And you missed the point though… my point is not that gasoline is what the economy depends on (though it surely is a significant portion), it's that almost every product out there requires oil to create it. Not just in terms of transportation, but in terms of the actual ingredients in the products themselves.

            In short, our standard of living is able to be what it is almost entirely thanks to oil.

  9. The UIS Minerals Management Service has approved 5 new offshore drilling projects since June 2, some exempted from detailed studies of their environmental impact, and 198 new leases since the BP spill began.
    http://creekside1.blogspot.com/2010/06/hows-that-

  10. Agree with the judge but have to wonder why bother having government if judges make the decisions. Doesn't that completely usurp democracy. Stupid is as stupid does. Wonder how long it will take for the south to go into full scale depression with oil workers, fisherman and service sector workers sucking wind. A perfect storm to oblivion.

    • The judges are only to ensure that the decisions that are made are not unconstitutional. They don't actively make the decisions, but simply reverse the decisions if they are in breach of the law. And thank goodness for that! Drill on!

      • This judge made a bad decision, and honestly there are various ways of interpreting the Constitution. I know here in the US the Tea Party movement believes that they are the only ones who understand the interpretation of the Constitution, but I do not see it that way. Obama was a lawyer and even taught Constitutional Law, whereas Tea Party candidates like Rand Paul do not think the 1964 Equal Rights Amendment were necessary, and that the government should not regulate how business deal with inequality or equality. He even admitted to not reading the amendment, which is part of the Constitution. The way I see it lot of people were opposed to Obama being elected, and they are going to declare anything he does unconstitutional, which does not make it so.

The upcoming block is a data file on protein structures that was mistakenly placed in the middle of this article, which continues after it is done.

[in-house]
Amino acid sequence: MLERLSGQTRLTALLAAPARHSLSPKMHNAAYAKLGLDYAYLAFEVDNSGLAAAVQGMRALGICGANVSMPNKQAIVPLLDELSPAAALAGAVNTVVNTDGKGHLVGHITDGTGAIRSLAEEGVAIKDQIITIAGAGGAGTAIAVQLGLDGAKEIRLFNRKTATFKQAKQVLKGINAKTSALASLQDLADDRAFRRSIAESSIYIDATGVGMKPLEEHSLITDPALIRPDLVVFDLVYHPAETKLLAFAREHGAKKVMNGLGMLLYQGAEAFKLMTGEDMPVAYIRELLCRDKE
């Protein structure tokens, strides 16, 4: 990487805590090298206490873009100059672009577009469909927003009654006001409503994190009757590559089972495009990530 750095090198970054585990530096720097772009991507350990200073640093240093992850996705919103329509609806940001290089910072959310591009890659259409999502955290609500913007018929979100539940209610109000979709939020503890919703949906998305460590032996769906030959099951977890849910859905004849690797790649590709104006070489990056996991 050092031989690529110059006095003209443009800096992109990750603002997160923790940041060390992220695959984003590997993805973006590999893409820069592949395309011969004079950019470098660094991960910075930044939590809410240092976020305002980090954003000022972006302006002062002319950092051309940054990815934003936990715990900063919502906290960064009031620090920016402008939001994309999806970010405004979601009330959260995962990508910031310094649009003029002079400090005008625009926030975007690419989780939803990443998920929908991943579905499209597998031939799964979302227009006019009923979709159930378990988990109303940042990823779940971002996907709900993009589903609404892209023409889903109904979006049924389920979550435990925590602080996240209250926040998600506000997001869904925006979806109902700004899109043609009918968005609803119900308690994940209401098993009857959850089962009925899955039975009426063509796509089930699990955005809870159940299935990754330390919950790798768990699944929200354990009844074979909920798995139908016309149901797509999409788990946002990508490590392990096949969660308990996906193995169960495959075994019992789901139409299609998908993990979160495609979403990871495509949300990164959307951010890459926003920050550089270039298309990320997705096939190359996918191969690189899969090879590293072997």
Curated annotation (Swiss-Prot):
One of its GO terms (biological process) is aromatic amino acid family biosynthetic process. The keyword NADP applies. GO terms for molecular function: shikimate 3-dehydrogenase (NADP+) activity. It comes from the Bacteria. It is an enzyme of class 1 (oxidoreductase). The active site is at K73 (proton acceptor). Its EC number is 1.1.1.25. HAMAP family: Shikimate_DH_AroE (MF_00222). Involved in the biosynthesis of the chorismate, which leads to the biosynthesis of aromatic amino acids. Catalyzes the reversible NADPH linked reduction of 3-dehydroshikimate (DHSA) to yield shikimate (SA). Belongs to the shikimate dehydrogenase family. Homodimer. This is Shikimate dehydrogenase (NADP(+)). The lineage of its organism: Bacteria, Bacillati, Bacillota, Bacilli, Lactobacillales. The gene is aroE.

• The feeling is Obama was hoping to justify banning an entire industry, based on his ideology. I almost can't shake the feeling that this was an intended sabotage (the spill occurred only a few weeks after he announced more offshore drilling; what a fantastic way to say to conservatives "hey, I'd love to drill, but because of this spill, now we can't," while ultimately pleasing liberals). I think moreso it's just Obama trying to use a situation to his advantage though, and not that it was one of his own doing.

          It just smacks of knee-jerk reactionism to please his followers.

          • And, not very surprinsgly, it turns out that the judge has vested interest in oil drilling.
            So before jumping on the bandwagon and calling Obama a "commie" you might want to wait and do your own research.

            You're not very well place to make a comment about "knee jerk reactions" really.

  11. It's not a knee-jerk reaction to call him a commie… it's not as if this one incident is what makes him one… it's just more evidence of it.

  12. Wow bad article, how about some facts please